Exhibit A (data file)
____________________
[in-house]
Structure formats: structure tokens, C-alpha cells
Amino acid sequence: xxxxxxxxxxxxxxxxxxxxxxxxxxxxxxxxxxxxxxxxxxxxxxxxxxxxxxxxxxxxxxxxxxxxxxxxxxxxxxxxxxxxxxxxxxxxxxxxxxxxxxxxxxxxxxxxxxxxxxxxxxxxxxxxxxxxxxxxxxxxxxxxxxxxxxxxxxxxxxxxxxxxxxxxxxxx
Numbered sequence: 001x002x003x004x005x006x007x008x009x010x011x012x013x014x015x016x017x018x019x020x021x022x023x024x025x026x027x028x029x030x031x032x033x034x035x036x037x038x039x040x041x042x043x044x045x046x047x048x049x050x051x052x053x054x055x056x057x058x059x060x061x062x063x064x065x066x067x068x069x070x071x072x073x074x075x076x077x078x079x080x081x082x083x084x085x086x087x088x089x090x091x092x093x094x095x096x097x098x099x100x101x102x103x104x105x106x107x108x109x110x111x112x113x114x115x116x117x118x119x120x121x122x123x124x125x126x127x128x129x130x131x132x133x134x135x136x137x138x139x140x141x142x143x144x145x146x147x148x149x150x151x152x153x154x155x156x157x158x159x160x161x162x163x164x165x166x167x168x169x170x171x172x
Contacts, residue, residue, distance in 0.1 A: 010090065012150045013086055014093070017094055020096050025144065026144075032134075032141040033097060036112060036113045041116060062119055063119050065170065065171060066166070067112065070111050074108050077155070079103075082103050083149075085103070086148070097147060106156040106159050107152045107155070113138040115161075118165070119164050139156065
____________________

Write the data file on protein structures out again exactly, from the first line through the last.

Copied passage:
[in-house]
Structure formats: structure tokens, C-alpha cells
Amino acid sequence: xxxxxxxxxxxxxxxxxxxxxxxxxxxxxxxxxxxxxxxxxxxxxxxxxxxxxxxxxxxxxxxxxxxxxxxxxxxxxxxxxxxxxxxxxxxxxxxxxxxxxxxxxxxxxxxxxxxxxxxxxxxxxxxxxxxxxxxxxxxxxxxxxxxxxxxxxxxxxxxxxxxxxxxxxxxx
Numbered sequence: 001x002x003x004x005x006x007x008x009x010x011x012x013x014x015x016x017x018x019x020x021x022x023x024x025x026x027x028x029x030x031x032x033x034x035x036x037x038x039x040x041x042x043x044x045x046x047x048x049x050x051x052x053x054x055x056x057x058x059x060x061x062x063x064x065x066x067x068x069x070x071x072x073x074x075x076x077x078x079x080x081x082x083x084x085x086x087x088x089x090x091x092x093x094x095x096x097x098x099x100x101x102x103x104x105x106x107x108x109x110x111x112x113x114x115x116x117x118x119x120x121x122x123x124x125x126x127x128x129x130x131x132x133x134x135x136x137x138x139x140x141x142x143x144x145x146x147x148x149x150x151x152x153x154x155x156x157x158x159x160x161x162x163x164x165x166x167x168x169x170x171x172x
Contacts, residue, residue, distance in 0.1 A: 010090065012150045013086055014093070017094055020096050025144065026144075032134075032141040033097060036112060036113045041116060062119055063119050065170065065171060066166070067112065070111050074108050077155070079103075082103050083149075085103070086148070097147060106156040106159050107152045107155070113138040115161075118165070119164050139156065